Corporate murder in Bangladesh
Cheers went up yesterday among the exhausted rescuers at Rana Plaza factory in Dhaka, Bangladesh. It had just been announced that six factory owners had been arrested.
So far 380 garment workers, mainly women, are known to have died in the rubble of that huge building, where 3,000 people were working at the time of its collapse.
The worst ever factory disaster in Bangladesh’s history has shocked people around the world, including those who wear clothes purchased at Primark, Benetton and Walmart, which used the factory. Matalan and Bonmarché also appear to be connected with the New Wave Style company, the largest employer in the Dhaka building.
Many share the desire to make those who profit from employing cheap labour by making people work under such lethal conditions pay for their crimes. But – and there are several buts – will punishing these men put an end to the crude and cruel exploitation of human labour that takes place day in and day out, not only in Bangladesh but throughout the world?
And how could this murder – and it is a kind of murder – happen so soon after the fire at the Tazreen factory last November, also in Dhaka, in which 112 people died? Why was nothing done after that?
The factory owners at Rana Plaza insisted workers should return to work even after safety engineers warned that huge cracks in the building’s walls were evident. They were told they would be docked three days pay for every day they were absent.
In the wake of these events, many shoppers feel complicit in the suffering of those in the Bangladeshi rag trade. Are we wearing “blood clothes”, they ask? Calls for consumers to boycott companies like Primark are widespread. Ethical buying is said to be the solution.
Like so many others, London Evening Standard fashion editor Karen Dacre calls for “consumer power” to force changes in the clothing industry. That sounds good. But how can you tell how a company treats its workers? And who is responsible for auditing conditions?
Responsibility Outsourced, a report by major US trade unions, is deeply critical of the companies and organisations that are supposed to monitor how workers are treated. The Ali Enterprises factory in Pakistan in which 260 workers died in a fire last year, had just earned its certification from the non-profit social auditing group, Social Accountability International.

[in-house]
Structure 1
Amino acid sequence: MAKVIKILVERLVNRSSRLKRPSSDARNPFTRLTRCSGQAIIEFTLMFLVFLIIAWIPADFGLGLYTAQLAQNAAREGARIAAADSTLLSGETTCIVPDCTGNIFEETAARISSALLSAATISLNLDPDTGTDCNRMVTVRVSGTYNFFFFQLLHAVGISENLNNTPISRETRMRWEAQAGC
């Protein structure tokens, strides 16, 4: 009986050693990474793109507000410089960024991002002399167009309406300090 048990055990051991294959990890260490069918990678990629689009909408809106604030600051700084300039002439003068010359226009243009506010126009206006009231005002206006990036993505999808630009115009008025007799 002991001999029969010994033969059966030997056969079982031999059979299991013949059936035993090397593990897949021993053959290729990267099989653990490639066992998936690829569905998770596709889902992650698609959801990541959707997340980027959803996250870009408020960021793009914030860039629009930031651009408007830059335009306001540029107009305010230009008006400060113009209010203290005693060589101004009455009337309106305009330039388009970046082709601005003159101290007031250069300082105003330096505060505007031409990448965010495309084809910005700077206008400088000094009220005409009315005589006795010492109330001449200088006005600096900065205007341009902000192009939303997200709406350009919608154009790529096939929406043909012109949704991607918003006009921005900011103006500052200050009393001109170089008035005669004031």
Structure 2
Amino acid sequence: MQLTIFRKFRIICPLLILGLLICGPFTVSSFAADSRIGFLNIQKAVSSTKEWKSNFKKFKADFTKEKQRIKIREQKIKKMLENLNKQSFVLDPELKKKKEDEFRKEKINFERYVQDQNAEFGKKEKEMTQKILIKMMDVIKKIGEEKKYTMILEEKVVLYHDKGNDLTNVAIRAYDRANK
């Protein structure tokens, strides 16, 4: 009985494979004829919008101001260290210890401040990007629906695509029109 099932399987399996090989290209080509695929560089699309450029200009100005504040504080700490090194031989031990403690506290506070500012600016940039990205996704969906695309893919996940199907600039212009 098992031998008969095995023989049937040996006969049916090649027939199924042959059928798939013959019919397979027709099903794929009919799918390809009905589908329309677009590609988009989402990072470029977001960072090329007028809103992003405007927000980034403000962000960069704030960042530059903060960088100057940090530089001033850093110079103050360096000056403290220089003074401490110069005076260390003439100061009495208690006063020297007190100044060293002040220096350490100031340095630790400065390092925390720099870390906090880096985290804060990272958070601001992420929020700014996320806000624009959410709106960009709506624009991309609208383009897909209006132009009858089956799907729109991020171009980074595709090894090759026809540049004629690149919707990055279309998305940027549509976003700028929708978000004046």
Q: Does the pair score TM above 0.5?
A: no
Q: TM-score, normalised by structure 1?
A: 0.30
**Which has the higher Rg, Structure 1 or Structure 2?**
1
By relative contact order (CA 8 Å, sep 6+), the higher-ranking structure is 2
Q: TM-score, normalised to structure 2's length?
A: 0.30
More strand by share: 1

In the report, which is dedicated to murdered garment workers leader Aminul Islam, the unions are deeply critical of social audit firms, including the Fair Labour Organisation which monitors the Foxconn plant that supplies Apple. FLA gets money from corporates such as Apple and Nestlé.
Trade union and labour activists know that factories are not going to police themselves and are rightly calling for binding agreements. But even after a binding agreement was developed by labour organisations, Wal-Mart and Sears not only refused to sign but refused to pay compensation to the Tazreen victims.
But, while the report avoids saying so, it is the capitalist system itself which is the real murderer. As it notes:
While this globalised business model continues to provide vast profits for companies, it comes at a tremendous cost to working people and to the economies of many of the poorest nations.
Human labour is simply another commodity to be bought and sold, at the cheapest price going. That’s why manufacturers moved into Bangladesh in the first place. The Rana Plaza was just one of the 5,500 Bangladeshi rag trade factories where the average monthly wage of the three million workers is around £25 per month. Clothing production accounts for 82% of Bangladesh’s GDP, a huge rise since 1985.
Companies must seek out the cheapest labour possible to out-do their competitors. No amount of consumer boycotting or regulation will abolish that underlying imperative. As one Bangladeshi union organiser told the BBC: "You buy one get one free – but it's not really free."
The global corporations will always find willing accomplices, whether it is in Bangladesh, China, Brazil or in Britain in their search for profits. Moving on from an economic system driven by greed and profit is the biggest priority of all.
A World to Win secretary
29 April 2013